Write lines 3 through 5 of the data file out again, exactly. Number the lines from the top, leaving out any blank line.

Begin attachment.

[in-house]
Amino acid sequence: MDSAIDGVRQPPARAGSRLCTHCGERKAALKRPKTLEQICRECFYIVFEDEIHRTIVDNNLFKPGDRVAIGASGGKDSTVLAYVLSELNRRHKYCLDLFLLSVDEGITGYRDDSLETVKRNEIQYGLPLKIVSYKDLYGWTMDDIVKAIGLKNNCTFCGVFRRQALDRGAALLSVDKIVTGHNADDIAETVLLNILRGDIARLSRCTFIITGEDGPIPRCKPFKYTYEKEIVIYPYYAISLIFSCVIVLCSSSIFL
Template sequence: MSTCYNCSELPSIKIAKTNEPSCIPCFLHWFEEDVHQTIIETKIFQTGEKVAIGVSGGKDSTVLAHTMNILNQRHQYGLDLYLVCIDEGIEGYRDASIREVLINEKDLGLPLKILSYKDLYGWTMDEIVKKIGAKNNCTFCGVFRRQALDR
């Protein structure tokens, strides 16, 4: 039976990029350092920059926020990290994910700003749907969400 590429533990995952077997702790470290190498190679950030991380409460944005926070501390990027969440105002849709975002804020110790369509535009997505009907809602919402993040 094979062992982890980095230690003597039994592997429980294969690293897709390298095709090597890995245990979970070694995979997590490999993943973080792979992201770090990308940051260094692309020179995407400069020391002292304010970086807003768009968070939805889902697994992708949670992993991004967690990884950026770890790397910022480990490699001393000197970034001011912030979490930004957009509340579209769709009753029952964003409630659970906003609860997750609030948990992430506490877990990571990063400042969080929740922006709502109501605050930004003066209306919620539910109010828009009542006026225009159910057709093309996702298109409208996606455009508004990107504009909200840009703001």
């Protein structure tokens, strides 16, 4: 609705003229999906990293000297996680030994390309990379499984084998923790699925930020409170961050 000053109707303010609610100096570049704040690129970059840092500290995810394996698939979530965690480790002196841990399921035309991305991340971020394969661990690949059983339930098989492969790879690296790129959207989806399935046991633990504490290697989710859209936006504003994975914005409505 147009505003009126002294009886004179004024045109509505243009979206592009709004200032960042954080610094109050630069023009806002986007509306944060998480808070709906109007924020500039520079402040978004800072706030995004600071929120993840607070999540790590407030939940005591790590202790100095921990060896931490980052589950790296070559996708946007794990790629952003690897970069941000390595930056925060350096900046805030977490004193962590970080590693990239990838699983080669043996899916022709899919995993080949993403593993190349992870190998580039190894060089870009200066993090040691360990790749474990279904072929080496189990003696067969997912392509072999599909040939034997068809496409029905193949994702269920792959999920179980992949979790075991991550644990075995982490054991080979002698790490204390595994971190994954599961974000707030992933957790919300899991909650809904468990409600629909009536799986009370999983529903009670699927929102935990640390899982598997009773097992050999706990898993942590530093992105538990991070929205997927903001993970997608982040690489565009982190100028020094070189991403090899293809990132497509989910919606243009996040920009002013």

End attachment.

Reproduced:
Template sequence: MSTCYNCSELPSIKIAKTNEPSCIPCFLHWFEEDVHQTIIETKIFQTGEKVAIGVSGGKDSTVLAHTMNILNQRHQYGLDLYLVCIDEGIEGYRDASIREVLINEKDLGLPLKILSYKDLYGWTMDEIVKKIGAKNNCTFCGVFRRQALDR
């Protein structure tokens, strides 16, 4: 039976990029350092920059926020990290994910700003749907969400 590429533990995952077997702790470290190498190679950030991380409460944005926070501390990027969440105002849709975002804020110790369509535009997505009907809602919402993040 094979062992982890980095230690003597039994592997429980294969690293897709390298095709090597890995245990979970070694995979997590490999993943973080792979992201770090990308940051260094692309020179995407400069020391002292304010970086807003768009968070939805889902697994992708949670992993991004967690990884950026770890790397910022480990490699001393000197970034001011912030979490930004957009509340579209769709009753029952964003409630659970906003609860997750609030948990992430506490877990990571990063400042969080929740922006709502109501605050930004003066209306919620539910109010828009009542006026225009159910057709093309996702298109409208996606455009508004990107504009909200840009703001």
């Protein structure tokens, strides 16, 4: 609705003229999906990293000297996680030994390309990379499984084998923790699925930020409170961050 000053109707303010609610100096570049704040690129970059840092500290995810394996698939979530965690480790002196841990399921035309991305991340971020394969661990690949059983339930098989492969790879690296790129959207989806399935046991633990504490290697989710859209936006504003994975914005409505 147009505003009126002294009886004179004024045109509505243009979206592009709004200032960042954080610094109050630069023009806002986007509306944060998480808070709906109007924020500039520079402040978004800072706030995004600071929120993840607070999540790590407030939940005591790590202790100095921990060896931490980052589950790296070559996708946007794990790629952003690897970069941000390595930056925060350096900046805030977490004193962590970080590693990239990838699983080669043996899916022709899919995993080949993403593993190349992870190998580039190894060089870009200066993090040691360990790749474990279904072929080496189990003696067969997912392509072999599909040939034997068809496409029905193949994702269920792959999920179980992949979790075991991550644990075995982490054991080979002698790490204390595994971190994954599961974000707030992933957790919300899991909650809904468990409600629909009536799986009370999983529903009670699927929102935990640390899982598997009773097992050999706990898993942590530093992105538990991070929205997927903001993970997608982040690489565009982190100028020094070189991403090899293809990132497509989910919606243009996040920009002013």